What About Bob?

  • During the Great Depression, Bob picked cherries for $0.50 a day to support his family.
  • Fifteen-year-old Bob (6’5”) lied about his age to join the US Army. Sent monthly pay home to his mother.
  • For three years, Bob drilled and trained with infantry and elite Ranger units.
  • Nineteen-year-old Bob landed at “Bloody Omaha” on 06 June 1944.
  • Bob’s battalion suffered a 50% casualty rate that single day.
  • Bob received two Purple Hearts while serving in the European theater.
  • Bob’s battalion liberated the Dachau Concentration Camp on 29 April 1945.
  • Bob’s unit met the Russian Army at the Elbe River on 06 May 1945.
  • Bob was discharged from the US Army on 13 July 1945. Bob was twent-one years old.
  • Bob married in 1946.
  • Bob’s first son was born in 1947.
  • Bob began working at the Roanoke Times (Virginia) in 1947.
  • Bob’s second son was born in 1952.
  • While working full-time, Bob completed his GED and BA utilizing the GI Bill.
  • Bob welcomed three grandchildren and two great-grandchildren.
  • Bob retired from the Roanoke Times in 1987; exactly 40 years from his start date.
  • Over the next 25 years, Bob shared his story with thousands of school children and organizations throughout the US and Europe. He never accepted fees for his appearances or speeches.
  • Bob escorted President Bill Clinton down Omaha Beach for the 50th Anniversary of the D-Day Invasion on 06 June 1994.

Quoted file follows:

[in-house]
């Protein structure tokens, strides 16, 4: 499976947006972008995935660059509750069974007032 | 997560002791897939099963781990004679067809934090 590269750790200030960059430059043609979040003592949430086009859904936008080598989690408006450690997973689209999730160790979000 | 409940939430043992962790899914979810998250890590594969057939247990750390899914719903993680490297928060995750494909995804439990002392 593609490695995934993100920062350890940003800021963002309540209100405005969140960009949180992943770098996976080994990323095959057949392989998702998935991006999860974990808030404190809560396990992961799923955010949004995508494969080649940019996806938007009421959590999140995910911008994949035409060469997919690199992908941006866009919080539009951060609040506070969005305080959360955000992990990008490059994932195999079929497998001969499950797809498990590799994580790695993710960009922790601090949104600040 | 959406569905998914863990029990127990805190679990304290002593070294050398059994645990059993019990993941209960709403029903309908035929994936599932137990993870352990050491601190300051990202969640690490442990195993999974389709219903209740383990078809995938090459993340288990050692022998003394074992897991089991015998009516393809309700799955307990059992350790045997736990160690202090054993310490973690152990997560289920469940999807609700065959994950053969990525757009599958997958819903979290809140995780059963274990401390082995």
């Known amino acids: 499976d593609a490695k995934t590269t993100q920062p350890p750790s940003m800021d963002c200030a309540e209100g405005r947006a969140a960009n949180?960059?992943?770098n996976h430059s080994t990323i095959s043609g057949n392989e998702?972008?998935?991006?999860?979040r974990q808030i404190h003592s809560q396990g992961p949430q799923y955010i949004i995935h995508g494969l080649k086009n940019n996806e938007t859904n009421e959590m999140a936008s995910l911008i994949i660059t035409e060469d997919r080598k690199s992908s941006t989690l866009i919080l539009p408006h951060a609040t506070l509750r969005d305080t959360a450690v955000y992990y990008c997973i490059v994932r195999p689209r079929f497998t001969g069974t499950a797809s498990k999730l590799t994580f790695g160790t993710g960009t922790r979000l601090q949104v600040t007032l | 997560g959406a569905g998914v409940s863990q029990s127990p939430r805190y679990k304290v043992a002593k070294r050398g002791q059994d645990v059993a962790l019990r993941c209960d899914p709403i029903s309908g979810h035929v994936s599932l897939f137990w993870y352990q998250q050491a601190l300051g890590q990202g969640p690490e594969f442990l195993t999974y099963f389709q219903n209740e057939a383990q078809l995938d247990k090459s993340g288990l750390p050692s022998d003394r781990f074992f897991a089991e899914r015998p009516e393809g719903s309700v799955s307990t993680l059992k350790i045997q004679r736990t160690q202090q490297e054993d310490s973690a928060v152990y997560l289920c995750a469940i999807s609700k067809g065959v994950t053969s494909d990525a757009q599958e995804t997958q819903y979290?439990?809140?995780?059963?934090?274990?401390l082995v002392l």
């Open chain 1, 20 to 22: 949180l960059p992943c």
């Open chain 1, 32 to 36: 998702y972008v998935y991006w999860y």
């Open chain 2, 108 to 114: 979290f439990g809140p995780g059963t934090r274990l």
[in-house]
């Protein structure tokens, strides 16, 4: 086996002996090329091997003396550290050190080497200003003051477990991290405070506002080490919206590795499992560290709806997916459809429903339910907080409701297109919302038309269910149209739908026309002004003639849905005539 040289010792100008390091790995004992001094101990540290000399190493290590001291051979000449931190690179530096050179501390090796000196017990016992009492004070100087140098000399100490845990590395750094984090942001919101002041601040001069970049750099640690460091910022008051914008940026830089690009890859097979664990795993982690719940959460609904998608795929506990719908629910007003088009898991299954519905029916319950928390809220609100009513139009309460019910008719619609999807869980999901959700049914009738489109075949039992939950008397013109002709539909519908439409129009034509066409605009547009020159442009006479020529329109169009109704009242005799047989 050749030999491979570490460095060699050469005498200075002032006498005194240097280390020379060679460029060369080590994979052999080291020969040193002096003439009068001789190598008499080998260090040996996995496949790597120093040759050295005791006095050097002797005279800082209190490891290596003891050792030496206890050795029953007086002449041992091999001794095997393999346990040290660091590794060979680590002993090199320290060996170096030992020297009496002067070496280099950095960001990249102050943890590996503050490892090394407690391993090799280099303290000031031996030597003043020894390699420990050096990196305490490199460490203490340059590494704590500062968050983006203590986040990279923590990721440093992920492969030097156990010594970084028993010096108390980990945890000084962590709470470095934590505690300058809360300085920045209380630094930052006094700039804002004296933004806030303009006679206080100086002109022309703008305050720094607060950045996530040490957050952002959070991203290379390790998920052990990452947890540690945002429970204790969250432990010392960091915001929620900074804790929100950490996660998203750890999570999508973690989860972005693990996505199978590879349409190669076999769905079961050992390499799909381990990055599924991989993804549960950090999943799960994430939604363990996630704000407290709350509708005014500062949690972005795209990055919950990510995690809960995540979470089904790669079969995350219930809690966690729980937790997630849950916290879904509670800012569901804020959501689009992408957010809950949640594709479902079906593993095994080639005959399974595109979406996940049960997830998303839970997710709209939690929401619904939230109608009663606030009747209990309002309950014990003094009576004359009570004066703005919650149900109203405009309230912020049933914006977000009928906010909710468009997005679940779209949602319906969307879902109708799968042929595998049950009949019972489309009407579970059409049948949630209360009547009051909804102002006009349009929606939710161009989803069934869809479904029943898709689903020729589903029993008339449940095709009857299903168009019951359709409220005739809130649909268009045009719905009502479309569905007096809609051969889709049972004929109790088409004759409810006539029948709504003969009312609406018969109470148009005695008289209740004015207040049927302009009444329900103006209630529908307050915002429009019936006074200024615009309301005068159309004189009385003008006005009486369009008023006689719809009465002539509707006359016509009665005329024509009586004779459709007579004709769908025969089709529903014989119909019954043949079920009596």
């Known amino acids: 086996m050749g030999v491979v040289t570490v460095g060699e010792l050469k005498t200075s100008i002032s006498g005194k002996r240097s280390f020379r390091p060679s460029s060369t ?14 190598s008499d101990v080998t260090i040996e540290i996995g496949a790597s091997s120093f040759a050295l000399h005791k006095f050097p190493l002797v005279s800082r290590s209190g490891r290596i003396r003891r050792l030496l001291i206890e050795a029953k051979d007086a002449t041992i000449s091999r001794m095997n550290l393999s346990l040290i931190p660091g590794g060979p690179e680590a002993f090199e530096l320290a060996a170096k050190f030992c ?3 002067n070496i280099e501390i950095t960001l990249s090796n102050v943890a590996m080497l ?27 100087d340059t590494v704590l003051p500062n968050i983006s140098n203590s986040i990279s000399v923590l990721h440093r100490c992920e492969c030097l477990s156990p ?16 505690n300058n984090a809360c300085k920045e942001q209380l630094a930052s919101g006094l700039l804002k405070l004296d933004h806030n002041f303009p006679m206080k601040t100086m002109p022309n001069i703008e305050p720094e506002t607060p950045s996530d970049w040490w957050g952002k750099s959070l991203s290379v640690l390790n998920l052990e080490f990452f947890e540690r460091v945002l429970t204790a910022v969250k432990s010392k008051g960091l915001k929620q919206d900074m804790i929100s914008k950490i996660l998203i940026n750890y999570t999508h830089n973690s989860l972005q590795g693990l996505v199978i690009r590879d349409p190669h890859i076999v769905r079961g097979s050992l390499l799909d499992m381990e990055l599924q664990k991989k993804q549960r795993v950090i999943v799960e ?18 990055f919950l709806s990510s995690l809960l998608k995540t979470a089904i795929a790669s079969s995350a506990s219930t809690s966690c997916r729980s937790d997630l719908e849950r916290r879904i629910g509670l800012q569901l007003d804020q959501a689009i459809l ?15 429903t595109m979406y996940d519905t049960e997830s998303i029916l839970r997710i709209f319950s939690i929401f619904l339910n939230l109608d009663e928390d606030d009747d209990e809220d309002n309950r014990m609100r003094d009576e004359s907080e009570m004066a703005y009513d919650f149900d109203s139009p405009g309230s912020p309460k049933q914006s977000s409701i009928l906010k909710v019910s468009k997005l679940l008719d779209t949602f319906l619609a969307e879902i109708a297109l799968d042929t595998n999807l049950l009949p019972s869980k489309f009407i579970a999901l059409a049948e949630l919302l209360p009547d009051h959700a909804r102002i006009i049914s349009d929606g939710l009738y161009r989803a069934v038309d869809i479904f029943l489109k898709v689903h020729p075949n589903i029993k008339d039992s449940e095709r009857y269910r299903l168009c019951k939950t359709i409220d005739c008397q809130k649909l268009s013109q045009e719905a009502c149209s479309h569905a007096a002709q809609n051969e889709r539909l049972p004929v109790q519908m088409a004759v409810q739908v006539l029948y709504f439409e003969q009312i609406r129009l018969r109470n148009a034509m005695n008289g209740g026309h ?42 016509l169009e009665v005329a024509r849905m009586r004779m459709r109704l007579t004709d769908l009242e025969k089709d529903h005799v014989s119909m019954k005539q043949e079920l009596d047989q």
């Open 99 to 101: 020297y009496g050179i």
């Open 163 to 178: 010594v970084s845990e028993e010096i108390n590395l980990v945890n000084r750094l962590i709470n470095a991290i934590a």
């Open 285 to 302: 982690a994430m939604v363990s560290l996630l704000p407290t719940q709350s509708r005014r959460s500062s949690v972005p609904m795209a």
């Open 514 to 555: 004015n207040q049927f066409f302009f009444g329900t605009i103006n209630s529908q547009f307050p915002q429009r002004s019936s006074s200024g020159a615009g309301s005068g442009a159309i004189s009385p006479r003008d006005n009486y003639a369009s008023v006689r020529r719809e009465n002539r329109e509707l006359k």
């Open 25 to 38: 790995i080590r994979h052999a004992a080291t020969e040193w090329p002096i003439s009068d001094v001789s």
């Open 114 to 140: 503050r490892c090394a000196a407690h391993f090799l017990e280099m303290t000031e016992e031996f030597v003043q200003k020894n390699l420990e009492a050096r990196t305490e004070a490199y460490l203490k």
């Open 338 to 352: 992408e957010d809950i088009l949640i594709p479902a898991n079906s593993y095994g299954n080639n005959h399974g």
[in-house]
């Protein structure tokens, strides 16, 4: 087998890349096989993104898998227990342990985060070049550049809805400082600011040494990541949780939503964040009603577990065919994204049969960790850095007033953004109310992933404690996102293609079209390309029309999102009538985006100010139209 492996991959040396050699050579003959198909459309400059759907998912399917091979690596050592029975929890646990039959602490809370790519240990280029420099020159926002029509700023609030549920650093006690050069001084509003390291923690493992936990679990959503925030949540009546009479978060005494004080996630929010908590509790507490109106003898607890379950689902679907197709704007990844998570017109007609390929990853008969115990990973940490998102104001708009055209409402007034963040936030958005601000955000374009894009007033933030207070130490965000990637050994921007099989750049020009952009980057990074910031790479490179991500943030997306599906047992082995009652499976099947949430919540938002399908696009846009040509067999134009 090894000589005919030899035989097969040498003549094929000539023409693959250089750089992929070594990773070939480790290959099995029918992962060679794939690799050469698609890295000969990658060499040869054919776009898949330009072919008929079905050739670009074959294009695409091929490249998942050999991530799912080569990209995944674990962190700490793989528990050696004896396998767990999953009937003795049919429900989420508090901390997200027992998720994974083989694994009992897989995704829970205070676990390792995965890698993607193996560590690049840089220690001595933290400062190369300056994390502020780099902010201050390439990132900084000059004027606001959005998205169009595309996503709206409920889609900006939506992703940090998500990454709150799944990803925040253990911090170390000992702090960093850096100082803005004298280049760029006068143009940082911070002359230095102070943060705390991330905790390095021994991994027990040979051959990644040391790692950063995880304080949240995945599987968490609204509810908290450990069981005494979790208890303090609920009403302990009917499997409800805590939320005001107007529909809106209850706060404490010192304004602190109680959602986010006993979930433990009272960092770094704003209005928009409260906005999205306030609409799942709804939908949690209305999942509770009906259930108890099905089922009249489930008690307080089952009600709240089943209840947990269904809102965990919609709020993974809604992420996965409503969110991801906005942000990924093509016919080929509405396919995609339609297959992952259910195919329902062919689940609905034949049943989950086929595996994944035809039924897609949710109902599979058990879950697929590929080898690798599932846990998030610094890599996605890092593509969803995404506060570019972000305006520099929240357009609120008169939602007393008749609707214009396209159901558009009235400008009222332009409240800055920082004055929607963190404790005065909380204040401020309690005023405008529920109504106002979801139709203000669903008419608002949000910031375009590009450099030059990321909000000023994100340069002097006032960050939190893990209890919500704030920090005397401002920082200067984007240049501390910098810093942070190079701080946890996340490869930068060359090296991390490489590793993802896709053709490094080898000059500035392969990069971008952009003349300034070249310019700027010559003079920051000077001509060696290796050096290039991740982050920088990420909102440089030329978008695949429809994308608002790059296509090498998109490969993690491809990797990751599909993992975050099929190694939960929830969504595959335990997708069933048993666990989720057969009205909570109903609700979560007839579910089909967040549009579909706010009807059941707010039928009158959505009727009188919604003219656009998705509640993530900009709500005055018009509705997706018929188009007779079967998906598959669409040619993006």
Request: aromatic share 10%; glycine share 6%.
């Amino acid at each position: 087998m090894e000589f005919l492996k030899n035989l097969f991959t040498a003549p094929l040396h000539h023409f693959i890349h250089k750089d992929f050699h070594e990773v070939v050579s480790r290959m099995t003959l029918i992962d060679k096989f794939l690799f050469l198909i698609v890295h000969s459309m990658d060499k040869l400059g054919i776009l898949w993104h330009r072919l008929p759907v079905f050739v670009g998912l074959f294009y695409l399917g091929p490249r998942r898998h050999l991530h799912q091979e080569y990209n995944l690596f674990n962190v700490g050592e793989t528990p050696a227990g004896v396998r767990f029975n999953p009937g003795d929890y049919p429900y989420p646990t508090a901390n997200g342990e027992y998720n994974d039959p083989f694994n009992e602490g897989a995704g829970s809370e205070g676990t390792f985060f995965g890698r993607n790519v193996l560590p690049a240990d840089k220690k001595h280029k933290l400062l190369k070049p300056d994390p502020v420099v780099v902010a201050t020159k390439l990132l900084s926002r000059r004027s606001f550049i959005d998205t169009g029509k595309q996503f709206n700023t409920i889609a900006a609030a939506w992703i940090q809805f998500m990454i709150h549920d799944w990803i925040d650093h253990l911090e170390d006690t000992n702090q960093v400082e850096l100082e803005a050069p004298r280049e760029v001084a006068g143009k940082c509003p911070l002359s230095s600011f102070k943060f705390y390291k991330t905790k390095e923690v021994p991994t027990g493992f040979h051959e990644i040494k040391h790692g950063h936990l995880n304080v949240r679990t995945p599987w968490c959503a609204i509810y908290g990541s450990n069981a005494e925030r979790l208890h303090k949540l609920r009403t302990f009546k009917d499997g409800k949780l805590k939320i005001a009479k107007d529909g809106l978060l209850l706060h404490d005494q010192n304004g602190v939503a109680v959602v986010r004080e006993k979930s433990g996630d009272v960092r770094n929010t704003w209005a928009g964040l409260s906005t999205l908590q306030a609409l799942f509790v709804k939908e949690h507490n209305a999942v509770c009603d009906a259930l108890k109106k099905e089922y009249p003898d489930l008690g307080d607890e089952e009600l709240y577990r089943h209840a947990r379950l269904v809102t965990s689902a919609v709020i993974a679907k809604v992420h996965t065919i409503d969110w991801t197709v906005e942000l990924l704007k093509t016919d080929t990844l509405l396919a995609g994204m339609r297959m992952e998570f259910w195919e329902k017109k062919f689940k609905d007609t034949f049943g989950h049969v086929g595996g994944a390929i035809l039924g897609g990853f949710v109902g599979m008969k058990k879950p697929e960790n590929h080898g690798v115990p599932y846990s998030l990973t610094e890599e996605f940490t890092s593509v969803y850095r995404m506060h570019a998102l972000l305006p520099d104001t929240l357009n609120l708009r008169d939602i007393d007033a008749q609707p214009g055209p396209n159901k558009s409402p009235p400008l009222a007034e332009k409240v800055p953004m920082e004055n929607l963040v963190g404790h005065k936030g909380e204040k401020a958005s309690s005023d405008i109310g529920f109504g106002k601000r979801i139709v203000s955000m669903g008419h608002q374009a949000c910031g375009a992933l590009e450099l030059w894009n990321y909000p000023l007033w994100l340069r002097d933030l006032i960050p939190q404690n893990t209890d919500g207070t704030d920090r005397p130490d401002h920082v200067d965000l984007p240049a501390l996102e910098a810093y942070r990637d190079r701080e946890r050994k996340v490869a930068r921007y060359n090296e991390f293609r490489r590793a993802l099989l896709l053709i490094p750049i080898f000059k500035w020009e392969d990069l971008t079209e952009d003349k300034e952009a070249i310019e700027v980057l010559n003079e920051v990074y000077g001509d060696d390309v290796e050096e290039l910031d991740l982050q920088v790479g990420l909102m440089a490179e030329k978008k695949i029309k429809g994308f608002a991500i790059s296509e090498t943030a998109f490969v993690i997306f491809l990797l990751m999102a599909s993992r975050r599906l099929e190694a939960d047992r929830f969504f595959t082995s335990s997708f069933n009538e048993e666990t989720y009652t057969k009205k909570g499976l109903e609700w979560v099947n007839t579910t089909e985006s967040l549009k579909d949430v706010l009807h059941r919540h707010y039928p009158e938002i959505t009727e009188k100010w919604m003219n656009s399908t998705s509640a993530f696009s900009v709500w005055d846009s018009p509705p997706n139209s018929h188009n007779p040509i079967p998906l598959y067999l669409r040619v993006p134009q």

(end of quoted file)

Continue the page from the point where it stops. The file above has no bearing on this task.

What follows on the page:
• Bob worked as a technical consultant on Stephen Spielberg’s “Saving Private Ryan”. He donated his pay to funding of the National D-Day Memorial in Bedford, VA.
  • Bob (Founder and Chairman of the Board) and President George W. Bush dedicated the National D-Day Memorial on 06 June 2001.
  • Bob published his book “Omaha Beach and Beyond” on 06 June 2007. All proceeds from Bob’s book were donated to the National D-Day Memorial.
  • John Robert “Bob” Slaughter Sr. passed away on 29 May 2012.

Bob shared a story with me back in the early nineties. As an adult, with a wife and kids of my own now, hardly a week passes that I don’t think about that conversation.

Bob worked one job for exactly forty years. He told me he hated every single one of those days. Not the people, but the job, the repetitive labor. You see, Bob was an old school typesetter, a newspaper pressman. I asked him, then why the hell did you stay?

“I made decisions. I made commitments.”

Bob never “chased his passions” or “searched for purpose.” He never debated the merits of work-life balance. Bob was the guy you depended on. From picking cherries in 1937 to speaking with a group of elementary students shortly before his death in 2012, Bob always showed up. Bob knew exactly who he was and what was expected of him. He took care of his family. He supported his friends and neighbors. He led his team at the Roanoke Times.

That was Bob.